I have a question concerning the XTR105. Right now I am using one XTR105 for data acquisition of the temperature via RTD / pt100 (3-wire setup). But I like to extend my system to 8 sensors. Unfortunately the XTR105 is for such a purpose too costly. Therefore I thought to multiplex the RTD in order to use just one XTR105.
However I dont know which wire of the RTD I have to multiplex. Maybe someone can give me a clue regarding this problem.
Thanks in advice
After some considerations for my first approach is that I would use two multiplexers 8:1 to switch through Rline1 and Rline2 of each RTD with the result that just Rline3 is connected to the XTR105, but no loop. RTD is therefore disconnected from the circuit. And the Ron of the MUX can be neglected because I switch the RTD Line and the Refline
You have an interesting system. I did some quick math and if you MUX the RTD and REF lines between the 8 different RTDs, the additional switch resistance will cancel out leaving the basic principles of a 3-wire design in place.
However, I see a couple of potential issues with your system design concepts. First, how are you intending to communicate with the MUX? To maintain the 2-wire design concepts the IRET voltage on the XTR105 must float based on the output current and can not be connected to any system ground. If you connect IRET to the loop-supply GND then the XTR105 will absolutely not function properly and may break. Therefore you have two options to communicate with your MUX.
1.) Have a local processor which is powered by the XTR105 VREG and sinks all of it's supply current into the IRET pin of the XTR105. This processor would then be sitting at the same potential as the MUX and XTR105 and there will not be any grounding or communication voltage level issues. However, in this type of setup I see no way that the receiver of the loop-current will have any idea which of the 8 RTDs the loop-current being transmitted represents. This is because unless you have some type of communication between the loop-supply and the processor local to the XTR105, there will be no way to know which RTD the transmitted output current represents because there is no synchronization or communication between the loop-supply side and the remote XTR105 side.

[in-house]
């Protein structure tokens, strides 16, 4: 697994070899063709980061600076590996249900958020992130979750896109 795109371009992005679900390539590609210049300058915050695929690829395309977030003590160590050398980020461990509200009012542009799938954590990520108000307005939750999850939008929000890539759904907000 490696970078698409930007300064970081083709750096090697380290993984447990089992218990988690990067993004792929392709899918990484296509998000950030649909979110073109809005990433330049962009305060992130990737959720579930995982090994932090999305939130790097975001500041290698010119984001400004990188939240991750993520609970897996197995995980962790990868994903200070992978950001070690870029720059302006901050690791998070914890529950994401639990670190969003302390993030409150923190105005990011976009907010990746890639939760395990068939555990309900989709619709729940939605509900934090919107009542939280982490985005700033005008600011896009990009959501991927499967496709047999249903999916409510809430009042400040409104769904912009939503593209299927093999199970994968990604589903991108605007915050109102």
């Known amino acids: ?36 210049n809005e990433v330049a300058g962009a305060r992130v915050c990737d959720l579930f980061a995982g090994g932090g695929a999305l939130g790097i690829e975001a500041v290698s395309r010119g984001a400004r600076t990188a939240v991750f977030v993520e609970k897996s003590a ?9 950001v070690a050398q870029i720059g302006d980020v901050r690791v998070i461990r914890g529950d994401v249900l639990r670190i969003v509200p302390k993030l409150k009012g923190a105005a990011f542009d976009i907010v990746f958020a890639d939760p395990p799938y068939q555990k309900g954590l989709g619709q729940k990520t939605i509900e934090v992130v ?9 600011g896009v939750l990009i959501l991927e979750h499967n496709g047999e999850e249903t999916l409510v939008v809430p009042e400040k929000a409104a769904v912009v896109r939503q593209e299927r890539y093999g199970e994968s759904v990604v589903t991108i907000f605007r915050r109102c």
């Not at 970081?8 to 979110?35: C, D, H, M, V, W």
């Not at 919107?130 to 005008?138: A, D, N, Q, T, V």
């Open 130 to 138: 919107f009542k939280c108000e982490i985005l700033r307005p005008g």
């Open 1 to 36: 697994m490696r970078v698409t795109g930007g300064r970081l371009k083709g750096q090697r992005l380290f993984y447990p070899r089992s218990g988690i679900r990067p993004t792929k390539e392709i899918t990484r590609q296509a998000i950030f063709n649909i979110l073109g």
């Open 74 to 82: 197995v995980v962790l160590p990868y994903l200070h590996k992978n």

2.) Communication distance will be an issue with this second method. Since I2C can not travel very far, you will be limited to a distance of roughly 2 - 6 feet between the XTR105 and the loop supply. You could use some type of further travelling communication interface such as RS-485 or CAN, but you will still need a local isolator / level translator where one side of the isolator is biased between the XTR105 VREG and IRET signals and the other side biased to the loop-supply GND. Therefore a processor sitting on the loop-supply side of the environment will control the MUX. These communication signals will be isolated and shifted to the proper voltage potential levels for the XTR105 and MUX. This would be a little odd though for a typical 2-wire loop because usually the purpose of designing one of these 2-wire systems is to have only 2 wires that are located up to a very substantial distance from the loop-supply, the additional communication lines will defeat this purpose.
I'll leave it at that for now. Please fill in some additional details about your system and we can try to help further.
Regards,Collin WellsPrecision Linear Applications
Thank you for this precise answer, Collin.
After some reflections I recognized that this won't work because of the Ron of the MUX (as you stated as well). Therefore I have to look for some other ICs to measure my RTDs in the system.
I'm still not sure if your system requires a 2-wire 4-20mA loop or not. But if it does not, you may want to consider a product such as the ADS1248 or LMP90100. They are Analog-to-Digital converters that are capable of interfacing with several RTDs and are a full system on chips including the current sources.
Best Regards,Collin WellsPrecision Linear Applications
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